12. Now to the nature of the offence. The autopsy conducted on the body of the deceased has disclosed as many as 17 injuries. Injury No. 1 on the back of the right ear has dived deep into the neck and cut the carotid of the artery. It is this injury which according to the doctor, P. W.3, who has conducted the autopsy is fatal, and has brought about the death of the deceased by shock and haemorrhage. The testimony of P. Ws. 1 and 2 shows that it is the second accused who has inflicted this injury. The seat of the injury, the nature of the injury and the weapon used give no room for doubt that the intention of the second accused who inflicted this injury was to cause the death of the deceased. The court below has therefore rightly found him guilty under Section 302 of the I.P.C.
13. It is urged by the learped counsel for the appellants that there is no room for holding that there was any common intention on the part of the accused 1 and 2 to cause the death of the deceased, that the fatal injury caused by the second accused was in furtherance of any such common intention, that all the injuries inflicted upon the deceased by the first accused were simple in nature and hence the first accused can be convicted only under Section 324 of the I.P.C. We are unable to agree. Common intention' within the meaning of Section 34 of the I.P.C., no doubt, implies a pre-arranged plan and to convict the accused of an offence applying this section, it should be proved that the criminal act was done in pursuance of a pre-arranged plan. It is difficult, if not impossible, to procure direct evidence to prove the intention of an individual; in most cases it has to be inferred from his act or conduct or other relevant circumstances of the case. The fact that the father and the son have come together each armed with a deadly weapon, and the fact that on seeing the deceased they have covered him and as the deceased went near the tea stall of P.W.2, they have attacked him with their deadly weapons, lead to the irresistible conclusion that there was a prior concert, a prior meeting of the minds to do the deceased to death. It is then pointed out that according to the prosecution the first accused attacked the deceased and inflicted several injuries and only thereafter the second accused began to attack and in the course of his attack inflicted the fatal injury and in such a case the first accused cannot be imputed with the intention of the second accused to-cause the death of the deceased. An almost identical case came up before the Rangoon High Court in Maung Twa v. Emperor (1926) 27 Cri LJ 827 where the accused and his son, who absconded, attacked the deceased, who succumbed to the injuries and it was put forward in defence of the accused that the sole intention of the accused and his son was to cause grievous hurt to the deceased by the use of a spear and a long bamboo and that thereafter when the accused's actions had . ceased the son proceeded to stab the deceased to death while the accused stood aside and took no further part in the matter, it was held that the intention and the actions of the accused and his son could not be divided into two parts and the accused was found guilty of murder. We respectively agree with the aforesaid view and conclude that the actions of the father and the actions of the son herein also could not be split into two watertight compartments and assessed. The existence of common intention before this criminal act was perpetrated is completely satisfied in this case, as the two accused could not but by a prior concert come together, surrounded and attacked the deceased. We are satisfied and we agree with the court below that the offence falls under Section 302 read with Section 34 of the I.P.C. in respect of the first accused.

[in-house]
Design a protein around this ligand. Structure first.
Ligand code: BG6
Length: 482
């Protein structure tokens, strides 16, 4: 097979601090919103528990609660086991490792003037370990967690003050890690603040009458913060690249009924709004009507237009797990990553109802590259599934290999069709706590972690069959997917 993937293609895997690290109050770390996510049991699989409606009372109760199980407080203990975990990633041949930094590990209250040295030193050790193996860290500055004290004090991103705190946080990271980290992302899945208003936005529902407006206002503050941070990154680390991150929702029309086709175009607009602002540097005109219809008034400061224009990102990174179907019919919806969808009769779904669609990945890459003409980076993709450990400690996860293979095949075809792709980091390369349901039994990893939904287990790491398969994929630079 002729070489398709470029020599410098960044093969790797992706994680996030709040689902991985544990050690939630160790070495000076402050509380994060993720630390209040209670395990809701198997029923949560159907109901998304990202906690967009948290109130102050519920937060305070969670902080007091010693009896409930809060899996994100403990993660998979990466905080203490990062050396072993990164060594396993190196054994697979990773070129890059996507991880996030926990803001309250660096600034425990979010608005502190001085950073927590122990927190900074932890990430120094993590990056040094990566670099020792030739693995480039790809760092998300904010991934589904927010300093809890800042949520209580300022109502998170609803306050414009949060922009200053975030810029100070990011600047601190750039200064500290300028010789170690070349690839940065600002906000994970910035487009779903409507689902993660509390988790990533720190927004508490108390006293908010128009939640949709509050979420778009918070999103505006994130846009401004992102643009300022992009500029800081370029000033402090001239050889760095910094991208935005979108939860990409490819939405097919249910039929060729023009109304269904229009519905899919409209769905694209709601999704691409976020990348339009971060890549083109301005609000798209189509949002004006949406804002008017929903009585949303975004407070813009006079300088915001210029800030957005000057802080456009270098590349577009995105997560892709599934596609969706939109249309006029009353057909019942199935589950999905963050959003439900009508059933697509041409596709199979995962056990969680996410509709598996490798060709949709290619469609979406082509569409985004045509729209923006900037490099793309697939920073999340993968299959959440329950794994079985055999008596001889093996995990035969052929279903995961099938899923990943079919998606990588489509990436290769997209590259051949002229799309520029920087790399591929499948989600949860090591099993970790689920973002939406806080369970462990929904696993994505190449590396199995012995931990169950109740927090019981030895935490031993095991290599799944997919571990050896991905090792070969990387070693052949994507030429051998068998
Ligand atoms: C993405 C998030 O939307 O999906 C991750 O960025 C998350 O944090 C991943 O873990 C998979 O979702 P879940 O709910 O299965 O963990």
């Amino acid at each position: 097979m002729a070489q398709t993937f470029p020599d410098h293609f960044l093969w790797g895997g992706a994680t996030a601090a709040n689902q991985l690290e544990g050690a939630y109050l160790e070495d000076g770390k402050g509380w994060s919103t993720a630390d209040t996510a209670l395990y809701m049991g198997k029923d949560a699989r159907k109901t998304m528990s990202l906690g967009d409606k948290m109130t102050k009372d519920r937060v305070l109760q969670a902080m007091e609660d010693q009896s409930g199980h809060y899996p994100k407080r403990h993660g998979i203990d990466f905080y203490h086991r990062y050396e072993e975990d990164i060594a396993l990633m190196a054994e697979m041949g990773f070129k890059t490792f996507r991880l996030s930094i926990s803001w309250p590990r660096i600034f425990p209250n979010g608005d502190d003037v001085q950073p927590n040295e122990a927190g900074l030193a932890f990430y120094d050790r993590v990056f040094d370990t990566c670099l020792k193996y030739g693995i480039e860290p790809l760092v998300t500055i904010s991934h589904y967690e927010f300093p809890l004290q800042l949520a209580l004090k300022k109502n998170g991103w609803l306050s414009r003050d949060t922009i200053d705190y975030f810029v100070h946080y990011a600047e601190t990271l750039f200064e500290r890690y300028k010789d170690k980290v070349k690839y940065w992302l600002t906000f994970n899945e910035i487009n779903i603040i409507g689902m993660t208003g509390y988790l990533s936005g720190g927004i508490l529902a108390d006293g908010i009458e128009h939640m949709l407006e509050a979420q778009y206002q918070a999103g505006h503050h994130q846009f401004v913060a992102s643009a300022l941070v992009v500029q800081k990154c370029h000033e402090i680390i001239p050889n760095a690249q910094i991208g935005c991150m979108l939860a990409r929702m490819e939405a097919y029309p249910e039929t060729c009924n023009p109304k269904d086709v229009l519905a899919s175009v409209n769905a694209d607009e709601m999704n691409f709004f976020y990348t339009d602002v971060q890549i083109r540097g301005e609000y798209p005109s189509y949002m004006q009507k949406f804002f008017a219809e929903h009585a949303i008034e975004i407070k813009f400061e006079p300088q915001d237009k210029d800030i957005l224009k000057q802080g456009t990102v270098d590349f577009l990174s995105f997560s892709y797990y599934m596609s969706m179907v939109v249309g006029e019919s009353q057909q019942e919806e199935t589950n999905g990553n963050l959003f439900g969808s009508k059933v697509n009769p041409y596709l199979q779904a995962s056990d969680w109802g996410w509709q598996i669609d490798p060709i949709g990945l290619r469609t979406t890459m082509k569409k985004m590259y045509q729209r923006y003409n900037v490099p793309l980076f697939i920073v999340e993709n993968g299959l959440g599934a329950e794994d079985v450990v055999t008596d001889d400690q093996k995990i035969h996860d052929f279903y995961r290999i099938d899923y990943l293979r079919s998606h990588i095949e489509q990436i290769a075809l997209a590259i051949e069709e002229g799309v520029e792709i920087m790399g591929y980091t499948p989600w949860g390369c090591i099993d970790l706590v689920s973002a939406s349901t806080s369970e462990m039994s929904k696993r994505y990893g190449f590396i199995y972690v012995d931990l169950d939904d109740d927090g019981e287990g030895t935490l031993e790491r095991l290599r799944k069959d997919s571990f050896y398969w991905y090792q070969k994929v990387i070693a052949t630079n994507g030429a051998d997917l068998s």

14. In the result, the appeal fails and is dismissed. The conviction and sentences imposed upon the appellants are confirmed.